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Evaluation Guidelines

Evaluation Guidelines
  • Consider the source. Are the authors/producers clearly identified? By what authority do they write? Look for well-known names in health and medicine.
  • Note whether the URL,.edu (educational),.org(non-profit organization), .net (network), .com (commercial), or a two-letter code (country of origin). Governmental and educational sites are generally the most reliable; organizational sites are often excellent, but may have a biased agenda; the same applies for .net and .com sites -- examine with a critical eye.
  • Have the authors/producers provided a convenient means to contact them? A credible source will reply to your questions.
  • How current is the information? Look for the "last updated" information on the main page, but be aware that individual sections may have different dates.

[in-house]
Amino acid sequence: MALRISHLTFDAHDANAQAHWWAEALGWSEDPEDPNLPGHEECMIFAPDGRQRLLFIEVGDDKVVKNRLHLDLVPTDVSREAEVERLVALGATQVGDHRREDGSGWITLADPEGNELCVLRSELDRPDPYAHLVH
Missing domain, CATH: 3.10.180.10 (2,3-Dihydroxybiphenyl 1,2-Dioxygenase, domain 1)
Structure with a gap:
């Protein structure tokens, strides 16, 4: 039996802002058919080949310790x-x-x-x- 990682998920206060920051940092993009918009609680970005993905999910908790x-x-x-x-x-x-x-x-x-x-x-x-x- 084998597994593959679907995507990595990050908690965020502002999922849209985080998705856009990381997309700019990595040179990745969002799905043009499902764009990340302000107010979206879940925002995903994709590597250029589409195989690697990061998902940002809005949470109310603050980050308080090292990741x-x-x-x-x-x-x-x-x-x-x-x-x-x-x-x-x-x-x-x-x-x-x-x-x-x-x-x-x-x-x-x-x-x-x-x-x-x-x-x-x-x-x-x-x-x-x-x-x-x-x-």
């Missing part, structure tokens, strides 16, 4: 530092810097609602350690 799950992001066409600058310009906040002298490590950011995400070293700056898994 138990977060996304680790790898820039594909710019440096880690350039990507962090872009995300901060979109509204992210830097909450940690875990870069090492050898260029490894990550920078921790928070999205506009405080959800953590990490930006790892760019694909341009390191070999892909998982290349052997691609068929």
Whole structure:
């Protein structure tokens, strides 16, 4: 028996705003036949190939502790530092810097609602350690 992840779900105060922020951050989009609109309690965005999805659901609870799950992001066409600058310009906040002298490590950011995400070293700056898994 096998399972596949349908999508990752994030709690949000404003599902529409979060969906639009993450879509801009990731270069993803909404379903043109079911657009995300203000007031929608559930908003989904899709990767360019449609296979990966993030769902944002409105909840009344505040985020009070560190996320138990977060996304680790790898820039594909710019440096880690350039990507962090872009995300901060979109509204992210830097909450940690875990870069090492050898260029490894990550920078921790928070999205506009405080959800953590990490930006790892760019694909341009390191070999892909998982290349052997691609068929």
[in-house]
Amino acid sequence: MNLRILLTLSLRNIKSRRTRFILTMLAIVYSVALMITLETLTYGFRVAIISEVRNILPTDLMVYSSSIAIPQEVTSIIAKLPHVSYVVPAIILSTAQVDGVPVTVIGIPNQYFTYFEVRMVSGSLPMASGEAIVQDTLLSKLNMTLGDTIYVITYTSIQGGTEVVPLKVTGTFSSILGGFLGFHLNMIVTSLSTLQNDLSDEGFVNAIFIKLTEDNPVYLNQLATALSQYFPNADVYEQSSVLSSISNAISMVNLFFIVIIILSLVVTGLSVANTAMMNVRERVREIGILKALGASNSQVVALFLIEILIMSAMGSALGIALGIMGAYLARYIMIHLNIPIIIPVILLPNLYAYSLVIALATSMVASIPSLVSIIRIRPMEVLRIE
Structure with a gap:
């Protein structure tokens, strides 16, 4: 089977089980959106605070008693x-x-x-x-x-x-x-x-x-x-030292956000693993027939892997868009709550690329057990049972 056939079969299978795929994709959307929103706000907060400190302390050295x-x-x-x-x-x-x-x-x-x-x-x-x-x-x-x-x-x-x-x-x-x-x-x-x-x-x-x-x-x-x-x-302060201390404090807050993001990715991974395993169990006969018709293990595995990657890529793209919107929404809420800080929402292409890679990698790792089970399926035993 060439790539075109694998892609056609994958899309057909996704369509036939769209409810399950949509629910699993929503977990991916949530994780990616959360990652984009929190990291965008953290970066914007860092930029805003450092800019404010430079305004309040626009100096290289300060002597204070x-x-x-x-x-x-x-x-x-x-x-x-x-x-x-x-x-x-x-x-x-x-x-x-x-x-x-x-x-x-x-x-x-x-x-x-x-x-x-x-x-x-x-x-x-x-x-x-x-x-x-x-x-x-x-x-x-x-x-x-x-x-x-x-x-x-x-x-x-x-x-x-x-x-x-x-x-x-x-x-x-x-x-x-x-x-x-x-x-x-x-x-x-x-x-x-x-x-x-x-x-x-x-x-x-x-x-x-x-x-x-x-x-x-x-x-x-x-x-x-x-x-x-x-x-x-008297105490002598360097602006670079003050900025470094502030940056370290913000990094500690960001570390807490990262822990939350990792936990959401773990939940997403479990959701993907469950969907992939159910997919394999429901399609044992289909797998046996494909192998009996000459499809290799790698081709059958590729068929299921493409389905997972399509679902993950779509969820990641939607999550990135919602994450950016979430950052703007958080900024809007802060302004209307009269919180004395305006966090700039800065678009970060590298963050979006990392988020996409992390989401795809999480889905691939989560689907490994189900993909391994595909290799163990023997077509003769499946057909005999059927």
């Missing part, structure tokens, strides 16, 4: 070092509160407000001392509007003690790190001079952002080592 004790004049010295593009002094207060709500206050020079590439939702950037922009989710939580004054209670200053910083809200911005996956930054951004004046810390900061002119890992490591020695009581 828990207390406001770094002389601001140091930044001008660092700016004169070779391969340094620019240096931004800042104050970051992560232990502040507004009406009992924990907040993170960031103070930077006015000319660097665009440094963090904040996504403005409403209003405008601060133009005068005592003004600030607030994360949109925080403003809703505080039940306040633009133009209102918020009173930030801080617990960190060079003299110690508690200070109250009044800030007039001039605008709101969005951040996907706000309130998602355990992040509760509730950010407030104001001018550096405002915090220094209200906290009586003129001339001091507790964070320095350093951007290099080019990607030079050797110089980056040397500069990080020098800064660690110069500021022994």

• Is the main purpose to sell a product or service? Unless the sources of information are credible and clearly identified, do not trust the information.
  • Are there links to other relevant Web resources? Be wary of sites that do not point outward.
  • Starting with an authoritative source does not mean that progressively distant links are reliable. If you are unsure where you have landed, cut off the end of the URL and try to identify the main source. The symbol (~) can indicate a personal page.
  • When in doubt, DOUBT.
For more information:

10 Things to Know about Evaluating Medical Resources on the Web

Evaluating Online Information - Nuts and Bolts

HON Code of Conduct for Medical and Health Web Sites

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